COMMERCE CITY, Colo. — The Colorado Rapids have named former Major League Soccer player and longtime assistant Robin Fraser as their head coach.
Fraser steps in for Conor Casey, who’s been the interim coach since the team fired Anthony Hudson in May. Colorado is 7-14-6 and at the bottom of the Western Conference standings.
Fraser’s first match in charge will be Saturday at the New York Red Bulls.
The 52-year-old Fraser has served as an assistant coach at Toronto FC since 2015.
Fraser was the fourth overall pick in the 1996 MLS player draft by the Los Angeles Galaxy. Over his career, Fraser suited up for the Galaxy, the Rapids and the Columbus Crew. He said in a statement Sunday he considers Colorado home because he’s so familiar with the soccer community.
Rapids general manager Padraig Smith said Fraser has a “deep knowledge of what it takes to be successful in MLS.”
It’s been quite some time since we’ve discussed the New England Revolution in this space, and with pretty good reason, to be fair: a five-game losing streak from late-June to mid-July had Jay Heaps’ side looking like a team destined to miss the 2015 MLS Cup Playoffs. In true MLS fashion, the Revs have followed up their month-long losing skid with a six-game unbeaten run, which includes five wins and four in a row.
Their latest, a 3-0 hammering of a Kaka-, Larin- and Ceren-less Orlando City SC side Saturday night, was enough to earn four places in this week’s MLS Team of the Week (granted, only half the league’s teams played last week). Four saves and a clean sheet? Bobby Shuttleworth is there. Eight interceptions, three tackles and a clean sheet? Andrew Farrell is there.
Three assists on three goals scored? Lee Nguyen is there. One of those three goals and an assist of his own? Diego Fagundez is there as well. It was this time last year that the Revs got hot, finished the regular season strong and made their run all the way to MLS Cup. Given their recent form and the return of Jermaine Jones, would you bet against them to do exactly that again this year? I wouldn’t.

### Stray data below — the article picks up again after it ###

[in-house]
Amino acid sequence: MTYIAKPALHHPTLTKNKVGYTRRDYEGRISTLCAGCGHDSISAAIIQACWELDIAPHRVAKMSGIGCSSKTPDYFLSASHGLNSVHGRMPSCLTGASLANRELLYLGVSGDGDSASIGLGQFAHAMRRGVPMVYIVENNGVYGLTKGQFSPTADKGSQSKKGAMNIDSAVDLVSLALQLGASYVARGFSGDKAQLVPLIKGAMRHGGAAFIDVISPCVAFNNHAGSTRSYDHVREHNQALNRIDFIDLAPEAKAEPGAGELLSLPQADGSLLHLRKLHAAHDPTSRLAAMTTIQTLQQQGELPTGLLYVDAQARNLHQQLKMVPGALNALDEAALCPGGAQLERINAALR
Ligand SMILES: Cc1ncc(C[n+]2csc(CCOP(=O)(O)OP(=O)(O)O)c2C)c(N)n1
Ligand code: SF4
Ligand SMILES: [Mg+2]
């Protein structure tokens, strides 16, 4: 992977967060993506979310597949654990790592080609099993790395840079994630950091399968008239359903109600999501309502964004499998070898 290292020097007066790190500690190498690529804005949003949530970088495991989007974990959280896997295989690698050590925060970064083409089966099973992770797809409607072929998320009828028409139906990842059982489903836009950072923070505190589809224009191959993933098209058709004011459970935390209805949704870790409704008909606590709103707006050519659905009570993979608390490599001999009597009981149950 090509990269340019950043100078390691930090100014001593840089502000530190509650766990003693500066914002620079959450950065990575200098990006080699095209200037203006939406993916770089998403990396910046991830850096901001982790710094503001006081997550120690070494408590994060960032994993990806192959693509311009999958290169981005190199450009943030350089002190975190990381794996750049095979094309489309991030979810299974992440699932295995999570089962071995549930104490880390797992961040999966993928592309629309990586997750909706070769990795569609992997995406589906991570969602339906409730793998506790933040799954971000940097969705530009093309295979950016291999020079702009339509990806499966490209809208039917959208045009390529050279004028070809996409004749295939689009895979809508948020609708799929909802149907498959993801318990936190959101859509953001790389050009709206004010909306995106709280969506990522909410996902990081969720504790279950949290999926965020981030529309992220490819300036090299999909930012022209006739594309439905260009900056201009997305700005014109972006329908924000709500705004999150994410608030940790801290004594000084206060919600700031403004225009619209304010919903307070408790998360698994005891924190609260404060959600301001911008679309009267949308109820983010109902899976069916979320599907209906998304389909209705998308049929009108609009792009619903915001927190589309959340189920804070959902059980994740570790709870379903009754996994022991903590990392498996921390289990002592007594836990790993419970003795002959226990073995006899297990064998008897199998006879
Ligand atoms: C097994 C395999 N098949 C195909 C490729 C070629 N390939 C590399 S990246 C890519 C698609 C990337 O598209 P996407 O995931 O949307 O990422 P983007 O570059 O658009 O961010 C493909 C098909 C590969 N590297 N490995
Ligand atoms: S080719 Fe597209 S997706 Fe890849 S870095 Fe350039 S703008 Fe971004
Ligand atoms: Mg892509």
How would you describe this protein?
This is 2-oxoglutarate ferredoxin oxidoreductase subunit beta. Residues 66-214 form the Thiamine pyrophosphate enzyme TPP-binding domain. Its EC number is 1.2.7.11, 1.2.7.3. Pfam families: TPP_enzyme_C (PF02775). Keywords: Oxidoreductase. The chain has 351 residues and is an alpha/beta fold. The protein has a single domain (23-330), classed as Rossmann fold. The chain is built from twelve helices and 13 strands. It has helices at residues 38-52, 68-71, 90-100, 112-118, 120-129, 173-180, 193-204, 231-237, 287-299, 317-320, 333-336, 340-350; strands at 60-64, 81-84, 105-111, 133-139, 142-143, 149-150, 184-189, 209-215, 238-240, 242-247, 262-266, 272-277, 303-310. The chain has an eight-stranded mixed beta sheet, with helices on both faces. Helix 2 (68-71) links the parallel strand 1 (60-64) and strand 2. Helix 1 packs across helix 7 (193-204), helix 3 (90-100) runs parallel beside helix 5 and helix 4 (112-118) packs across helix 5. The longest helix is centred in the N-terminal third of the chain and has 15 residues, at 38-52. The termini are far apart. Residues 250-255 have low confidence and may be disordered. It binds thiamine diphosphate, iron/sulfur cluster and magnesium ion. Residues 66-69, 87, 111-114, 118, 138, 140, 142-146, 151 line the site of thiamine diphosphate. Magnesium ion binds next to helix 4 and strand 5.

Thoughts? Questions? Agreements? Disagreements? (Of course not.) Leave them in the comments section, as always. I’m not afraid to defend my picks.
The game in 100 words (or less): MLS is so unpredictable, that it’s actually pretty predictable at this point. On Friday, I called this a really big game for the San Jose Earthquakes, who strode into Saturday’s meeting with the hapless, bottom-of-the-league Philadelphia Union riding a four-game winning streak. I noted that this was the quintessential “MLS gonna MLS” game, in which the league’s worst team would crop up and possibly shock the league’s hottest team. The game ended in a 2-1 loss for the Earthquakes. Chris Wondolowski scored his 13th goal of the season (106th of his career, 38 short of Landon Donovan’s all-time record — yes, that’s something we’re tracking now), but Conor Casey’s second-half brace off the bench took all the good vibes out of Avaya Stadium and proved once again that MLS is the most predictably unpredictable league in the world. The ‘Quakes, it should be noted, were without their savior signing, midfielder Anibal Godoy, in this one due to an international call-up. MLS strikes again.